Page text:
Poor little girl. Hope things pick up for her soon.

Teenytinytoes Mon 30-Apr-12 23:23:09

I think it is unlikely she would meet thresholds for Camhs tbh. I have 8 yr old DD who has said similar in past. I did take her to the Gp at schools suggestion (after I discussed it with them) and he said possibly attention seeking behaviour. Whilst I'm not sure I entirely agree my instinct did find the matter of factness of this response reassuring and lessened the natural anxiety I had started to feel for her. She too is the brightest of her year. I came to the conclusion that yes life is hard on lots of ways for her but she has no choice in the matter and might as well teach her some skills for resilience and good mental health for later in life namely friends, hobbies, regular exercise, pursuing things other than money. Don't despair & be positive!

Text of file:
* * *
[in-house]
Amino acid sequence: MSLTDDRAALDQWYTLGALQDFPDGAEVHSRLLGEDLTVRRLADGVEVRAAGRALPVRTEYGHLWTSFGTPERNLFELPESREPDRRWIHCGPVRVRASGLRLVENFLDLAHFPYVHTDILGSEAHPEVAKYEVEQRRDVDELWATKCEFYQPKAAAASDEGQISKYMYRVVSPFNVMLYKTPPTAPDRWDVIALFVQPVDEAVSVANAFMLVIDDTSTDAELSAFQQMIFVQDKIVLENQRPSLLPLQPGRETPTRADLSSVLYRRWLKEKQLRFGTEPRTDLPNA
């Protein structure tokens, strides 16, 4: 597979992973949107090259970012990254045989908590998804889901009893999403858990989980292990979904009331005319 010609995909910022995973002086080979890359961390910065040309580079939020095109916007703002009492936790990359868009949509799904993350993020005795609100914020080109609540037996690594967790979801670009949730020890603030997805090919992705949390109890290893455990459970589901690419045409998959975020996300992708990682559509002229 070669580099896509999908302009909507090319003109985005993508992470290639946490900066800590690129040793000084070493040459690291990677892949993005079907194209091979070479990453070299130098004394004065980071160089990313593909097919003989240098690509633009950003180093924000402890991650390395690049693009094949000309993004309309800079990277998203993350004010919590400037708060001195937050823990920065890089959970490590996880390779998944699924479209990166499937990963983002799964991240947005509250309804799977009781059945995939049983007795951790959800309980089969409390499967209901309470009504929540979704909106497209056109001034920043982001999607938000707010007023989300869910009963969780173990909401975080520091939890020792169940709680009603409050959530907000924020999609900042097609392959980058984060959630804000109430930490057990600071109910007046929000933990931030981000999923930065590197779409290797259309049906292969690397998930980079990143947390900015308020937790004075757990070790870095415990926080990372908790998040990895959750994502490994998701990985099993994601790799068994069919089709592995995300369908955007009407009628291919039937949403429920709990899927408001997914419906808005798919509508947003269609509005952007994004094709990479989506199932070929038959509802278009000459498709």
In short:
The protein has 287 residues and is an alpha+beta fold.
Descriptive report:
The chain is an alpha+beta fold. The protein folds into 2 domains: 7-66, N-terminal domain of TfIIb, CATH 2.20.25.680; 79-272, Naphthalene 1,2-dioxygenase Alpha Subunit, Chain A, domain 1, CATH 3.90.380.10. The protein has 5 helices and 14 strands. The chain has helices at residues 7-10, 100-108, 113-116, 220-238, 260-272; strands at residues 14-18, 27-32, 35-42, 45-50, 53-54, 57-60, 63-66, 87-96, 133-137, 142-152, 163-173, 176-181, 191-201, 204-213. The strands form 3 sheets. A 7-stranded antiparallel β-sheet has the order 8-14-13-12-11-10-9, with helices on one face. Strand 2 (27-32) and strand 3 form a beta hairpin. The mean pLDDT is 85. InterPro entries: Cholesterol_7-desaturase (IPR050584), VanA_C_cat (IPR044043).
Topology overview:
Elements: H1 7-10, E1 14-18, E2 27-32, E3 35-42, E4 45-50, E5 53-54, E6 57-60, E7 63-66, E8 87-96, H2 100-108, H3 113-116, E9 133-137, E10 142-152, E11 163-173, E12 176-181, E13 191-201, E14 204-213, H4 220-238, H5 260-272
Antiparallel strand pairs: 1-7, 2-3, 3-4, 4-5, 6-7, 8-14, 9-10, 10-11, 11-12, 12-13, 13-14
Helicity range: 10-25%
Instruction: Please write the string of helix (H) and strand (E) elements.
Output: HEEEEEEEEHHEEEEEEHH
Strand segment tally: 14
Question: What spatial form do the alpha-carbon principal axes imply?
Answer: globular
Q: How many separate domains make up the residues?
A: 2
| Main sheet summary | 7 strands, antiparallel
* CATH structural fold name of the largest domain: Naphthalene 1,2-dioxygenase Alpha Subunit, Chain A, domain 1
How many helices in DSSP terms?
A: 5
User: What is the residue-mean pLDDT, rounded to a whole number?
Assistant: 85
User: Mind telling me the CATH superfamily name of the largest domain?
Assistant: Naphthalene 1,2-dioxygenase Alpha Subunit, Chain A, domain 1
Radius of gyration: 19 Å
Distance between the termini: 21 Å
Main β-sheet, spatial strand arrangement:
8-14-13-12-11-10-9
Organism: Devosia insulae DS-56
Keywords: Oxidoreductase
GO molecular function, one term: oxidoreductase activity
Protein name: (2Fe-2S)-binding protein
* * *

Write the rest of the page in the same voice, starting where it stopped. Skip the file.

GeorgesMum2008 Mon 30-Apr-12 23:39:15

The people working with children will be trained on how to deal with it accordingly so I wouldn't worry about it being made a big deal of. I am training as an art therapist and have also looked at play therapy, they use really clever ways of assessing what's going on. Btw- I was like this as a child also, my father died before I was born and so I was always very aware of death, terrified of my mum dying and carried this anxiety through to adulthood. My childhood was basically filled with worry, and I really recommend seeking professional advice, I think it's a good thing that due to your own experience you understand your daughter's anxieties and are taking them seriously. Good luck!

She might not meet the threshold for CAMHS but that is for CAMHS to decide, not the GP. It is easy to write anxiety issues off as other things, and I think they often get disregarded as unimportant.